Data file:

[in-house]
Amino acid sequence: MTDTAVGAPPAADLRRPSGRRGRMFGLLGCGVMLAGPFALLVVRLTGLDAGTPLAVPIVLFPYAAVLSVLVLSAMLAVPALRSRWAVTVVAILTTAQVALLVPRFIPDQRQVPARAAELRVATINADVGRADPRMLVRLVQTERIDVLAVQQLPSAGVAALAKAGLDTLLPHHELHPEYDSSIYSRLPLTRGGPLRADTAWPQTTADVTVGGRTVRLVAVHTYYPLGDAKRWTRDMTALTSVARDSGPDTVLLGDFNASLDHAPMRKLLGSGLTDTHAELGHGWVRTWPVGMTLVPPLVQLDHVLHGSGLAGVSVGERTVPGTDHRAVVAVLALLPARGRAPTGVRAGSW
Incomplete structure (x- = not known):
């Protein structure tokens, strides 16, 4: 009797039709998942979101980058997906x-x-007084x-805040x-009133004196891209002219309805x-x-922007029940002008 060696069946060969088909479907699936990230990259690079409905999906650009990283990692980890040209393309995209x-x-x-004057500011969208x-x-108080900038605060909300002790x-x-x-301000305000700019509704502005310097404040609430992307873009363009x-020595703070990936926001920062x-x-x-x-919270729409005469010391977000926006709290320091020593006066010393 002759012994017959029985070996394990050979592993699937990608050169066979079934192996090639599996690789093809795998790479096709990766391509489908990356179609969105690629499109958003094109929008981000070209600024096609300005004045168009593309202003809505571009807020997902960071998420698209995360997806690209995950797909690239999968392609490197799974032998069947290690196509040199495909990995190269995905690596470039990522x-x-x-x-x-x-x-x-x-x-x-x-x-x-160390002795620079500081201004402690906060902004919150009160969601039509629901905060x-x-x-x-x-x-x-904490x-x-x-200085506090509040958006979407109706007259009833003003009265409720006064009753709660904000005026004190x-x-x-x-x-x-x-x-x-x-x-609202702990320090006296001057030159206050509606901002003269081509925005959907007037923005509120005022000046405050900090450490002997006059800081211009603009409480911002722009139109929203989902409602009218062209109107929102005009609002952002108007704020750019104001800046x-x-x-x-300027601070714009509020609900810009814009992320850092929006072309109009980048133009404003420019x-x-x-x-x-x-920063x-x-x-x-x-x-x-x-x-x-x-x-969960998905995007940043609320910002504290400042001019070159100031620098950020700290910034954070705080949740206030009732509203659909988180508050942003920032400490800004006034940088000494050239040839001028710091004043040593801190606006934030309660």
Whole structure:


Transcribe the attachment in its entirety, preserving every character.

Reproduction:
[in-house]
Amino acid sequence: MTDTAVGAPPAADLRRPSGRRGRMFGLLGCGVMLAGPFALLVVRLTGLDAGTPLAVPIVLFPYAAVLSVLVLSAMLAVPALRSRWAVTVVAILTTAQVALLVPRFIPDQRQVPARAAELRVATINADVGRADPRMLVRLVQTERIDVLAVQQLPSAGVAALAKAGLDTLLPHHELHPEYDSSIYSRLPLTRGGPLRADTAWPQTTADVTVGGRTVRLVAVHTYYPLGDAKRWTRDMTALTSVARDSGPDTVLLGDFNASLDHAPMRKLLGSGLTDTHAELGHGWVRTWPVGMTLVPPLVQLDHVLHGSGLAGVSVGERTVPGTDHRAVVAVLALLPARGRAPTGVRAGSW
Incomplete structure (x- = not known):
């Protein structure tokens, strides 16, 4: 009797039709998942979101980058997906x-x-007084x-805040x-009133004196891209002219309805x-x-922007029940002008 060696069946060969088909479907699936990230990259690079409905999906650009990283990692980890040209393309995209x-x-x-004057500011969208x-x-108080900038605060909300002790x-x-x-301000305000700019509704502005310097404040609430992307873009363009x-020595703070990936926001920062x-x-x-x-919270729409005469010391977000926006709290320091020593006066010393 002759012994017959029985070996394990050979592993699937990608050169066979079934192996090639599996690789093809795998790479096709990766391509489908990356179609969105690629499109958003094109929008981000070209600024096609300005004045168009593309202003809505571009807020997902960071998420698209995360997806690209995950797909690239999968392609490197799974032998069947290690196509040199495909990995190269995905690596470039990522x-x-x-x-x-x-x-x-x-x-x-x-x-x-160390002795620079500081201004402690906060902004919150009160969601039509629901905060x-x-x-x-x-x-x-904490x-x-x-200085506090509040958006979407109706007259009833003003009265409720006064009753709660904000005026004190x-x-x-x-x-x-x-x-x-x-x-609202702990320090006296001057030159206050509606901002003269081509925005959907007037923005509120005022000046405050900090450490002997006059800081211009603009409480911002722009139109929203989902409602009218062209109107929102005009609002952002108007704020750019104001800046x-x-x-x-300027601070714009509020609900810009814009992320850092929006072309109009980048133009404003420019x-x-x-x-x-x-920063x-x-x-x-x-x-x-x-x-x-x-x-969960998905995007940043609320910002504290400042001019070159100031620098950020700290910034954070705080949740206030009732509203659909988180508050942003920032400490800004006034940088000494050239040839001028710091004043040593801190606006934030309660």
Whole structure: